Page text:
39:24 In Afghanistan in Iraq, and then you know that the vast majority of the people are just people trying to make it from day-to-day and refugees. I know that I do not know I would I did wonder, why think we don't know how many yet. We just Amarillo and Barton County which is used to hear about two hours. And when we came here, Mike, why my wife came to teach Spanish in Garden City and in the orientation date older, there are 23 languages spoken in Garden City.

40:24 Other natural herbs, herbs about Garden City, and how, and how important refugees are two to the economy of Garden City, and how welcoming you are. You guys are? It was a wonderful story. Yeah. My my, my wife was the president of the cultural Relations Board because they haven't even met for now for about 18 months. But yes, yes. My current wife has been dead too long.

40:55 Tell her congrats. Congratulations for Patricia and

41:09 Yeah, I I

41:11 I I I I really when I look at the mess that's going on at the at the border Mexico and you know, who knows?

41:23 You know what, the politics of that is, but I think we need to be welcoming. I know, you know how it is. Our how does our economy? How does our system sorb? All of those people but without without them, there's so much that wouldn't be getting done in our rules that I exactly did it go to McDonald's and there aren't any, you know?

42:00 So true, so true, but I do if I do appreciate it, that that fighting, at least as getting a chant of its thing. It's okay. If you want to stop the flow of refugees, got to address the reasons, they're coming. Nobody's done. Nobody's been able to do that yet. I just, I really I have

42:20 I grew up near Garden City end, and all of my life. I've lived around Hispanic individuals. And, you know, and I have been friends with Hispanic individuals and work with Hispanic individuals, and I'm telling you what, their, there's some great people. They are there, good family people, and they're hard workers, and they just really want to know for sure. So we really need them. Yeah. Yeah. It's a long, it's a long big projects.

43:07 Been so wonderful. We still have more time and I have, I'm finding. It's so interesting to hear you guys come together and talk and and explore. There are some questions. I'm going to put in here and I apologize. I can't separate them out so far. We have you guys. Do is choose one. Both you guys choose together, kind of collaboratively of what you would like to address. One of them is what do you wish people understood about? And so, you have come together so much and many things with where you guys are diverge. If you could pick one of those areas that you think you diverge, and that you would like people to understand about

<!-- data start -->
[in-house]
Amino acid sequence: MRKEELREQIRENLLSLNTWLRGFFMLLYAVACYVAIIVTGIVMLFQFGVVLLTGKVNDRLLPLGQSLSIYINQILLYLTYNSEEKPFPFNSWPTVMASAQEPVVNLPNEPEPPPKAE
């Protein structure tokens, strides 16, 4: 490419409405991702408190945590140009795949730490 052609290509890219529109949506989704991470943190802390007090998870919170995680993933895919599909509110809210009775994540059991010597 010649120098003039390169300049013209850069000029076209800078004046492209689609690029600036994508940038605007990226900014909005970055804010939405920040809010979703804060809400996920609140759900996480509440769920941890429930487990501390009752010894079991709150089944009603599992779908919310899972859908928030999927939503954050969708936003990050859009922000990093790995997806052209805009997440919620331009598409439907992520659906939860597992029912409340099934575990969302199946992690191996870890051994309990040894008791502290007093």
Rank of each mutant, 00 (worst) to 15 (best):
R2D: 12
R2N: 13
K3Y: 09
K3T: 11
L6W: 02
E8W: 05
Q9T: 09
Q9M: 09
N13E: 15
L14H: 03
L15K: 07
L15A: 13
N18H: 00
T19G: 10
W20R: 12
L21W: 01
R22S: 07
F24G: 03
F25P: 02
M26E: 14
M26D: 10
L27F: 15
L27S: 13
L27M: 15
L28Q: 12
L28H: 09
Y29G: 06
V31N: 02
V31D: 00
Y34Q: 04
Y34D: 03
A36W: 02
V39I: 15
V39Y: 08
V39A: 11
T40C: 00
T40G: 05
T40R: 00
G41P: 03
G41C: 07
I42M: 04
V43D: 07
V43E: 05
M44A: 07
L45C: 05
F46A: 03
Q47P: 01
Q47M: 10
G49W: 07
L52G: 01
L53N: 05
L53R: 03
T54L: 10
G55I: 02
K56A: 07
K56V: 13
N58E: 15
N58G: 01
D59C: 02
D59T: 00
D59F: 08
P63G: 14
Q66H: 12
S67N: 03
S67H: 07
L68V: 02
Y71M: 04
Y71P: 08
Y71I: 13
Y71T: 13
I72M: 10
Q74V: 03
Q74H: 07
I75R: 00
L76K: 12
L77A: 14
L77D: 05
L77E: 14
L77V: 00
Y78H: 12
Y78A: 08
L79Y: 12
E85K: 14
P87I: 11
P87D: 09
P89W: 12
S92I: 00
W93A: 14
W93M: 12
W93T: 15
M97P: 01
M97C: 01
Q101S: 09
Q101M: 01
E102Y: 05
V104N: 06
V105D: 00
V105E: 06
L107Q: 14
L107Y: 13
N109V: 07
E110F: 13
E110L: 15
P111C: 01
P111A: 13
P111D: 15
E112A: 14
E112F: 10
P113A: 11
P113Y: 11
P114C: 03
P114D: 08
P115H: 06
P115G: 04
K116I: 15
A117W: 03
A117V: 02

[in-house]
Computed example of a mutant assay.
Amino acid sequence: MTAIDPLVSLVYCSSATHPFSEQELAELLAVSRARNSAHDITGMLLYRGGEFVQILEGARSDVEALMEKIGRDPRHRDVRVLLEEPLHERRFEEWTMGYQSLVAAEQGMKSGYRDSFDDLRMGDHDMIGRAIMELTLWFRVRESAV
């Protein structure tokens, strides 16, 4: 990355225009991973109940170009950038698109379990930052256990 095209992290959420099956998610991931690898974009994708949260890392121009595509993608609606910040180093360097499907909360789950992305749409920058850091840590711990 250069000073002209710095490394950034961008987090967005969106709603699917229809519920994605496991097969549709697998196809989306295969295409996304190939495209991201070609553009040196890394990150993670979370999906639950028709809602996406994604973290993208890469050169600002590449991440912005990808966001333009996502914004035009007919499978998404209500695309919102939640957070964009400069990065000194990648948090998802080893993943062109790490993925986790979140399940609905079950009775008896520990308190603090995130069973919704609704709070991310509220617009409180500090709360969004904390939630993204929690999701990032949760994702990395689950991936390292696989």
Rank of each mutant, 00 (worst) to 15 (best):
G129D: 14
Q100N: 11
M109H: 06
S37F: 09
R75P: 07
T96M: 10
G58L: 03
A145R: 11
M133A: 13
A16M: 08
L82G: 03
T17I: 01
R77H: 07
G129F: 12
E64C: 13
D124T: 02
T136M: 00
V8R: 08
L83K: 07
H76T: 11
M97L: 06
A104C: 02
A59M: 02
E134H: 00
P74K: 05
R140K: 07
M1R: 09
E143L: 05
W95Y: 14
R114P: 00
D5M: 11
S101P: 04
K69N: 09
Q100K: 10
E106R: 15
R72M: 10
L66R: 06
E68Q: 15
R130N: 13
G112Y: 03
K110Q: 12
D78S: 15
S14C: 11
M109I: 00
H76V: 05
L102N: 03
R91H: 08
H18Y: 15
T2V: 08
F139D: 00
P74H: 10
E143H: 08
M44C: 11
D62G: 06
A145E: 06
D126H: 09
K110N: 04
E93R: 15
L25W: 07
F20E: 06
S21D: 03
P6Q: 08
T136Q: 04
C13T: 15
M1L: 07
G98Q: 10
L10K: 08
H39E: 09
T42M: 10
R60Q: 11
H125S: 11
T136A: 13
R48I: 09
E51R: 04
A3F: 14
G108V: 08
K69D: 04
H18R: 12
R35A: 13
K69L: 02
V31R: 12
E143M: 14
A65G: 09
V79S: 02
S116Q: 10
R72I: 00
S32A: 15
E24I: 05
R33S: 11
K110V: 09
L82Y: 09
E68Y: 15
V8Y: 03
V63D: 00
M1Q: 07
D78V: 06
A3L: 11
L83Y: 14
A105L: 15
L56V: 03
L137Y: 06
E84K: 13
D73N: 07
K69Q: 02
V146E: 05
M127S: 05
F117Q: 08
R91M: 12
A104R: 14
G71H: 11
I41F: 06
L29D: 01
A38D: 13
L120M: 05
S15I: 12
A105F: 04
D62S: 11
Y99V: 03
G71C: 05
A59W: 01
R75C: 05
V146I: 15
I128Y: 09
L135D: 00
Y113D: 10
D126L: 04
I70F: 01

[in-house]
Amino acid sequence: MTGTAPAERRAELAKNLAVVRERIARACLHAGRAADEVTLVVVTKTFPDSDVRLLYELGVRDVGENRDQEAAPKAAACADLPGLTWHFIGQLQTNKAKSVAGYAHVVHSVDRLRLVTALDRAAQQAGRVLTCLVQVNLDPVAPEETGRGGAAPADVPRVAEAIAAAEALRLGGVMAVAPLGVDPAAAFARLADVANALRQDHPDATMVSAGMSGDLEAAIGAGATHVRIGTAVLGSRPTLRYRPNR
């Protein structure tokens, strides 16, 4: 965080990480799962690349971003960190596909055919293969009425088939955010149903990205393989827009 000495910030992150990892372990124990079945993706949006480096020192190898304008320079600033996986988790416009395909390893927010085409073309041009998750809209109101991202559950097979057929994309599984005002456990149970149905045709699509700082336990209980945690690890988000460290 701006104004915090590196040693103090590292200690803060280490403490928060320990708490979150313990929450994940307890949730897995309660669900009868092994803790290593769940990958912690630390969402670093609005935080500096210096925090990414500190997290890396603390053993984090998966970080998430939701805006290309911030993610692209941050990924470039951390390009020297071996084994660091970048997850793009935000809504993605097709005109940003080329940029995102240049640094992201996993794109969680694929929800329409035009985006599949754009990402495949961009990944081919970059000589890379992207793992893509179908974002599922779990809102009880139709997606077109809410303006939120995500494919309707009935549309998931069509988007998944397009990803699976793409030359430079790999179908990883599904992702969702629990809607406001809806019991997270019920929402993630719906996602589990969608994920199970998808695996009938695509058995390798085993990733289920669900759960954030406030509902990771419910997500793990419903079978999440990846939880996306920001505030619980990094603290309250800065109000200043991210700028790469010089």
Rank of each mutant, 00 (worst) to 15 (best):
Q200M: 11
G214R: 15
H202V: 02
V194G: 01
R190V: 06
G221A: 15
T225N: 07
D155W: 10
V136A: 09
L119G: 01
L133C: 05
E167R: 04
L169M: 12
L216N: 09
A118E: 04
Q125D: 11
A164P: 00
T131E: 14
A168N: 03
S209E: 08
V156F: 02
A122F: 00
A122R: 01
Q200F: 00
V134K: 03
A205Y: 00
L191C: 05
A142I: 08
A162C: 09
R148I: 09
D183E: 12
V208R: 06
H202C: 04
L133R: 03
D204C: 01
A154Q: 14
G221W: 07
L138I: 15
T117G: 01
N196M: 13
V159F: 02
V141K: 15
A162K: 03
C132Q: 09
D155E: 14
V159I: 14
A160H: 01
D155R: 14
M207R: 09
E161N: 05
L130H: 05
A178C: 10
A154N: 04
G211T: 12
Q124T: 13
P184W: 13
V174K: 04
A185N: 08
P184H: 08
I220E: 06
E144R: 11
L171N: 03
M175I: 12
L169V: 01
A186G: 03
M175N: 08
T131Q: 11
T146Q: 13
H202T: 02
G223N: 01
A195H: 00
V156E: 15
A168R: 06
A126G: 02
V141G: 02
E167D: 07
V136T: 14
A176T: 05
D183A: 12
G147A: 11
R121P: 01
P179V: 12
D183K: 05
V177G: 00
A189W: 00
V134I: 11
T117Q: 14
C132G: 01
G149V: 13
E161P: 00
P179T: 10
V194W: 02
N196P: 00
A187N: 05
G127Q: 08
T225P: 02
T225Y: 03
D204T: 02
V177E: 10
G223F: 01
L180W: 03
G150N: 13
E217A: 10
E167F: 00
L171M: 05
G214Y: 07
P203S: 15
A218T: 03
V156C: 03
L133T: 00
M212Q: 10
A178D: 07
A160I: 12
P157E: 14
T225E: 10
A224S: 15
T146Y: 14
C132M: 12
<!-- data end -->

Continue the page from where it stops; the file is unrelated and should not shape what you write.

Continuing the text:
44:01 You think his is misunderstood about that area? Steve? I don't know. I'm not, I don't want to, but I do hear that. Abortion is an important defining issue for you. And so that's why I'm not saying to address that, but that's what I'm talking about. Those things that you want, people that you think of misunderstood by maybe either side. Do you know what I'm saying? The other one, you feel misunderstood by people with different beliefs in you, and if you ever feel troubled by people with the same beliefs as you, I have people on your own side of the aisle and how they communicate those beliefs. So you guys can come together and talk in terms of choosing one that you both would like to dress. Thank you. What would be your choice?

45:01 Oh, golly.

45:03 I am so insulated, you know, I got to you know, I hang out with people who believe the way I believe. And you know, I got to charge with people and I think most of them bleed the way I believe. If I don't know everyone certainly but

45:22 I don't I don't know how to dress either of those questions, honestly.

45:27 Well, let me tell you my perspective about abortion and it's

45:36 It's the last possible choice for people. It's not it's not, it's never done lightly and I've known a few people who've had abortions and have been traumatized by having to have them. But it was, it was the only thing that could make their life work at the times. I saw it.

45:54 It's so it's it's it's one of those things where I can't judge somebody until I walked in their shoes, and that's so that so to make it.

46:10 Politically for that. To be a political issue and not rather an issue that you deal with with your own.

46:20 Your own God, your understanding of God and your own self.

46:27 To me is, is

46:31 I find I find that challenging the like we were talking about with Central America. What are the causes that create bring that about and so often is it's either rape or incest or something like that. And you know the new law in Texas where them people could people can basically

47:03 Ruin Physicians lives because they suspect, he might, they might be doing. And I mean, these are these kind of things are to me. I find that important that I can't until I walk to somebody shoes. I can't tell them what's right or wrong for themselves. And the other side of it is, is, it's called the right to life, but it's, it's pretty radical, Catholic nun. Who says no, it's the right to birth. But if it's if it's the right to life life, is a lot more than just being. It's it's a right if it's a right to life and it's a right to to clean air and water and a decent job, and I'd like the opportunity to have a life.

47:50 And, and

47:53 And if

47:55 So I see that as a Continuum and and, and